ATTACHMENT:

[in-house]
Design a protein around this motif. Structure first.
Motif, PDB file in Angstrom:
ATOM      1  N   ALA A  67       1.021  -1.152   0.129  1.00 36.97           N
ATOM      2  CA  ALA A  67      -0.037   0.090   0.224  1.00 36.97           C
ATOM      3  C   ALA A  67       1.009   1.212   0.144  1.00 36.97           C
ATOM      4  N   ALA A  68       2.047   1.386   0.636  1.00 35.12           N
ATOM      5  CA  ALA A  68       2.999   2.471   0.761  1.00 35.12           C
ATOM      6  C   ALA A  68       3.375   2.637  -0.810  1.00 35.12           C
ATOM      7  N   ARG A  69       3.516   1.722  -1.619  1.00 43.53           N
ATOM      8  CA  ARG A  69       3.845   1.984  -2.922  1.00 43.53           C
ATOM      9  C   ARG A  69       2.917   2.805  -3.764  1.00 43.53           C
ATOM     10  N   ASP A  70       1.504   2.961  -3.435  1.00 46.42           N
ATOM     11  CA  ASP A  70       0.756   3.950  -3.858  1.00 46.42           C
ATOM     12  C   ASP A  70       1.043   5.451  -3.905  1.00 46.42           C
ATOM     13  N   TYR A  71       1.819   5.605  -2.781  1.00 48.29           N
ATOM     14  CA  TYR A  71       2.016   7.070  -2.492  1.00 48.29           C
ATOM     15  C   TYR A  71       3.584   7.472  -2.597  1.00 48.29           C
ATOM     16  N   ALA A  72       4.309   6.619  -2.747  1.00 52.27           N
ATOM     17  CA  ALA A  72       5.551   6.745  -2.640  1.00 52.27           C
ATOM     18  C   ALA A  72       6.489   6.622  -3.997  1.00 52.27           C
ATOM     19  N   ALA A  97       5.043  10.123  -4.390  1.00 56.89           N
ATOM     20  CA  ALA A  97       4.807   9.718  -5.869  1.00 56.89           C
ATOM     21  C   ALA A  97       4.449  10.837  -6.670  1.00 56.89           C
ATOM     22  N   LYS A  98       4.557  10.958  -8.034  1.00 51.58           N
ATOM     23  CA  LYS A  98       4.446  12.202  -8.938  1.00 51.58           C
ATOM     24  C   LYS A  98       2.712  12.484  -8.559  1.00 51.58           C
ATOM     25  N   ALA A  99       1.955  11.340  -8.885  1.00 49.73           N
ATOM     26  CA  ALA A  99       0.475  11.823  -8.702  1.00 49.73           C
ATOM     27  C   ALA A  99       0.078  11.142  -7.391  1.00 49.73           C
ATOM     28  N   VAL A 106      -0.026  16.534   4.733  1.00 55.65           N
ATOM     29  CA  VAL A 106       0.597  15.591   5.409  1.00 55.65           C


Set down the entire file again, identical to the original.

[in-house]
Design a protein around this motif. Structure first.
Motif, PDB file in Angstrom:
ATOM      1  N   ALA A  67       1.021  -1.152   0.129  1.00 36.97           N
ATOM      2  CA  ALA A  67      -0.037   0.090   0.224  1.00 36.97           C
ATOM      3  C   ALA A  67       1.009   1.212   0.144  1.00 36.97           C
ATOM      4  N   ALA A  68       2.047   1.386   0.636  1.00 35.12           N
ATOM      5  CA  ALA A  68       2.999   2.471   0.761  1.00 35.12           C
ATOM      6  C   ALA A  68       3.375   2.637  -0.810  1.00 35.12           C
ATOM      7  N   ARG A  69       3.516   1.722  -1.619  1.00 43.53           N
ATOM      8  CA  ARG A  69       3.845   1.984  -2.922  1.00 43.53           C
ATOM      9  C   ARG A  69       2.917   2.805  -3.764  1.00 43.53           C
ATOM     10  N   ASP A  70       1.504   2.961  -3.435  1.00 46.42           N
ATOM     11  CA  ASP A  70       0.756   3.950  -3.858  1.00 46.42           C
ATOM     12  C   ASP A  70       1.043   5.451  -3.905  1.00 46.42           C
ATOM     13  N   TYR A  71       1.819   5.605  -2.781  1.00 48.29           N
ATOM     14  CA  TYR A  71       2.016   7.070  -2.492  1.00 48.29           C
ATOM     15  C   TYR A  71       3.584   7.472  -2.597  1.00 48.29           C
ATOM     16  N   ALA A  72       4.309   6.619  -2.747  1.00 52.27           N
ATOM     17  CA  ALA A  72       5.551   6.745  -2.640  1.00 52.27           C
ATOM     18  C   ALA A  72       6.489   6.622  -3.997  1.00 52.27           C
ATOM     19  N   ALA A  97       5.043  10.123  -4.390  1.00 56.89           N
ATOM     20  CA  ALA A  97       4.807   9.718  -5.869  1.00 56.89           C
ATOM     21  C   ALA A  97       4.449  10.837  -6.670  1.00 56.89           C
ATOM     22  N   LYS A  98       4.557  10.958  -8.034  1.00 51.58           N
ATOM     23  CA  LYS A  98       4.446  12.202  -8.938  1.00 51.58           C
ATOM     24  C   LYS A  98       2.712  12.484  -8.559  1.00 51.58           C
ATOM     25  N   ALA A  99       1.955  11.340  -8.885  1.00 49.73           N
ATOM     26  CA  ALA A  99       0.475  11.823  -8.702  1.00 49.73           C
ATOM     27  C   ALA A  99       0.078  11.142  -7.391  1.00 49.73           C
ATOM     28  N   VAL A 106      -0.026  16.534   4.733  1.00 55.65           N
ATOM     29  CA  VAL A 106       0.597  15.591   5.409  1.00 55.65           C